From our example, recognize that Alpha’s share of Tango’s 2008 earnings, $60, may be either paid out as dividends in the current period or retained by Tango and distributed later. The dividend received by Alpha, $10, is taxable to Alpha in the current period, while the balance of Alpha’s share of Tango’s 2008 retained earnings, $50 (= $60 − $10), is taxable to Alpha in the future.

Note that the DRD is only applied to the dividend Alpha receives from Tango, rather than Alpha’s entire share of Tango’s earnings. In other words, we are taxing the undistributed portion of Alpha’s share of Tango’s earnings at the full tax rate. Whether you apply the DRD to deferred taxes is a judgment call. Accountants will generally advise you not to, since companies rarely pay “catch-up” dividends (i.e. they will not likely distribute dividends in the future that were not distributed in the current period). So, these undistributed dividends would never qualify for the DRD because they are not expected to be distributed in the future. If you do expect undistributed earnings to be paid out in a future period, then you would apply the DRD to the undistributed earnings.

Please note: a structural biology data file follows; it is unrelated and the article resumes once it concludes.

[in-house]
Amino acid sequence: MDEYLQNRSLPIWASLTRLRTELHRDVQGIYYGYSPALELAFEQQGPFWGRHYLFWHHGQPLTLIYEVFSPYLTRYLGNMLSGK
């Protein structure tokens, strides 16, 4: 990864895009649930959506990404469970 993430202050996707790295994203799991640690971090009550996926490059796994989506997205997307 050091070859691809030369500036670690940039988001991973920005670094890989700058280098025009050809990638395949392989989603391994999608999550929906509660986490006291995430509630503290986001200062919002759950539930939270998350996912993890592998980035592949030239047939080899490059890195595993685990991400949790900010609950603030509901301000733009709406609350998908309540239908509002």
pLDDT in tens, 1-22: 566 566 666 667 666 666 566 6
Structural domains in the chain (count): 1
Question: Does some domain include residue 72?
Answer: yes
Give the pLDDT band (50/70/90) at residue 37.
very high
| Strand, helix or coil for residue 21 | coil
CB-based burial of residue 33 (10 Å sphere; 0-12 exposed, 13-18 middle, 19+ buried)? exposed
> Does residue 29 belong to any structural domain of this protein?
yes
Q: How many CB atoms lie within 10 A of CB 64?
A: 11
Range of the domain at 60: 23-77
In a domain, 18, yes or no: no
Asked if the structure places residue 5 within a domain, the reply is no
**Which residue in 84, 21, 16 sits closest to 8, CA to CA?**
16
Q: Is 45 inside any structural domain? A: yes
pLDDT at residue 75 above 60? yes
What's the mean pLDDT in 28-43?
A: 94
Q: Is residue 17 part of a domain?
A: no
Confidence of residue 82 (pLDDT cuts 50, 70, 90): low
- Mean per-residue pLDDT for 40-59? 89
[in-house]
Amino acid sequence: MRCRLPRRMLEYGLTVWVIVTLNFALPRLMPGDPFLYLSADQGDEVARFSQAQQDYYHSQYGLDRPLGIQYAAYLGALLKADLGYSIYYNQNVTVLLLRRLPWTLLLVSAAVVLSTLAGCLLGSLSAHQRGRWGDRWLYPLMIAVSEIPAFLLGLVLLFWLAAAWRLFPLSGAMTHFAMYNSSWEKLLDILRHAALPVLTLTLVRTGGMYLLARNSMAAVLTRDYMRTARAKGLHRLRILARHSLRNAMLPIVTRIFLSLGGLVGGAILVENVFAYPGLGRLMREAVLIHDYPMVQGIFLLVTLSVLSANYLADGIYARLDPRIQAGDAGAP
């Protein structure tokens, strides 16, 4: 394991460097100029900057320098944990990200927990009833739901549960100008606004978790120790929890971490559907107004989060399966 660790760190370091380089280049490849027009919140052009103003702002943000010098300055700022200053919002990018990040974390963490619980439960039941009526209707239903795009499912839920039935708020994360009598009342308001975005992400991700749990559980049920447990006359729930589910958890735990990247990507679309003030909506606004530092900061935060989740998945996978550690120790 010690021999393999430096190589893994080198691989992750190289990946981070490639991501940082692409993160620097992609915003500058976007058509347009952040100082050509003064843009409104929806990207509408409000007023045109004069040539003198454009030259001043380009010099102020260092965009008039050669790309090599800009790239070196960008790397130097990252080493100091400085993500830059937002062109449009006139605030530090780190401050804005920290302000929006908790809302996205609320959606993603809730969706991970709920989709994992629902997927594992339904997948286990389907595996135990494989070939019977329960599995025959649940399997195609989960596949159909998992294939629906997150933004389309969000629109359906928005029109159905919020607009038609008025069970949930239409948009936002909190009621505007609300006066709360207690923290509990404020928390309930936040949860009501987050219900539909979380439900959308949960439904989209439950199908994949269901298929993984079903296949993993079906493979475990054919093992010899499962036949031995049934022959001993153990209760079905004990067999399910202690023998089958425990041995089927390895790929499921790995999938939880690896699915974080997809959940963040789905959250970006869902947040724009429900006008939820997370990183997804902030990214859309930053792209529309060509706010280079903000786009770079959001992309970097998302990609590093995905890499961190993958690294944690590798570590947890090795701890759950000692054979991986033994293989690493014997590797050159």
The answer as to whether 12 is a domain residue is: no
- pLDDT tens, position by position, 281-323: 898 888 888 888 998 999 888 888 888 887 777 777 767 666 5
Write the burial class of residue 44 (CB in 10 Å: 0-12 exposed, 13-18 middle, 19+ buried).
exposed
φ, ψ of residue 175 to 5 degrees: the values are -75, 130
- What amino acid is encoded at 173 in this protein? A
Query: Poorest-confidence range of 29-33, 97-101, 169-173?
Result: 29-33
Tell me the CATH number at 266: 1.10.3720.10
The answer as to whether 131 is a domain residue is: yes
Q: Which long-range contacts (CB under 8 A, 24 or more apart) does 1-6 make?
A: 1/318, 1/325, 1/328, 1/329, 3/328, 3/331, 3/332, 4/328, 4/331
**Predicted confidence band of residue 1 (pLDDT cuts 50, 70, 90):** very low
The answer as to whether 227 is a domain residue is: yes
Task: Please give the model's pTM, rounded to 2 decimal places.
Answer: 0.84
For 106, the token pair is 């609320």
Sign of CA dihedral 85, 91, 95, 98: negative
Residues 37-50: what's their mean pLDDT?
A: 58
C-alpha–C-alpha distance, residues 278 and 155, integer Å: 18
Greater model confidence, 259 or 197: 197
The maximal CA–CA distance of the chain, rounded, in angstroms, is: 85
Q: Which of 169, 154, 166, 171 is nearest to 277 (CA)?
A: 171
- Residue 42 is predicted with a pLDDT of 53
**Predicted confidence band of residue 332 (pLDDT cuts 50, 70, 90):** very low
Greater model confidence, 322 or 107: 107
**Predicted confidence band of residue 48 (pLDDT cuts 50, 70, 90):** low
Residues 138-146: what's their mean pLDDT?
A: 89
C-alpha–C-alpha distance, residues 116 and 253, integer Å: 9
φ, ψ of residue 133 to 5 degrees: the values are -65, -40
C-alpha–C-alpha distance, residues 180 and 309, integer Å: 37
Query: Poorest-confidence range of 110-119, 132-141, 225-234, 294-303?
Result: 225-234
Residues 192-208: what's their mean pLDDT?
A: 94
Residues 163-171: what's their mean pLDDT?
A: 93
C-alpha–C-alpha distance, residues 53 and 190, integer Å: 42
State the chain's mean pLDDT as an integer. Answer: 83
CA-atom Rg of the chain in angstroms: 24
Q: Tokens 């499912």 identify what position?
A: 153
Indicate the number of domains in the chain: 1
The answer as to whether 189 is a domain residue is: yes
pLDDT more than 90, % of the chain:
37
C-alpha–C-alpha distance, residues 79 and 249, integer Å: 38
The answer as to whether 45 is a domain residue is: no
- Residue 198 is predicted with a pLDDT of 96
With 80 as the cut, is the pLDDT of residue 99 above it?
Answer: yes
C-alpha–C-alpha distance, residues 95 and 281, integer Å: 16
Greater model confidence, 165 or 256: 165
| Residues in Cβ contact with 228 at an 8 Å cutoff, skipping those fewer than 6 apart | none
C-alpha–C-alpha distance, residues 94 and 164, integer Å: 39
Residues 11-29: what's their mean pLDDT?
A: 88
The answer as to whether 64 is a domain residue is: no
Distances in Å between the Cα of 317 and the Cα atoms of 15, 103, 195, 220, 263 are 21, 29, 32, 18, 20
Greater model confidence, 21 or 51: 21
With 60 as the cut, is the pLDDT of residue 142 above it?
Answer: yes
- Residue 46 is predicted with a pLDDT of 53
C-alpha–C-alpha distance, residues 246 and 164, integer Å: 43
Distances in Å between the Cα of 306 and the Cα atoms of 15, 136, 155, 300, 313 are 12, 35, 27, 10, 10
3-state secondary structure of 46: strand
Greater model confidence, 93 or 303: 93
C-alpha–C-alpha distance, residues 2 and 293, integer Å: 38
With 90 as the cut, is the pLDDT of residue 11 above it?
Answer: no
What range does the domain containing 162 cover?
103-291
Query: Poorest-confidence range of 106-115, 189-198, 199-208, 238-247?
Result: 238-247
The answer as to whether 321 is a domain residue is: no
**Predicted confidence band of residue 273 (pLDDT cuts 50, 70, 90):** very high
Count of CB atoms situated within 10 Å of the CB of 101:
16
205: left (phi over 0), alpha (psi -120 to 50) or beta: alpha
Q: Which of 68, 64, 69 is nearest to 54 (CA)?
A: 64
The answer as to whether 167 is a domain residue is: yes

Example A (continued)

(H) What is Alpha’s future taxable income as it relates to Tango?

Alpha’s share of Tango’s net income [= 40% × $150] $60
( – ) 80% DRD [= 80% × $10] (8)
Total taxable income (present and future) $52
( – ) Current taxable income [= $10 × (1−80%)] (2)
Future taxable income $50

(I) What journal entry will Alpha make to record income tax expense related to Tango in 2008?

Income tax expense [= 25% × $52] (total) $13.0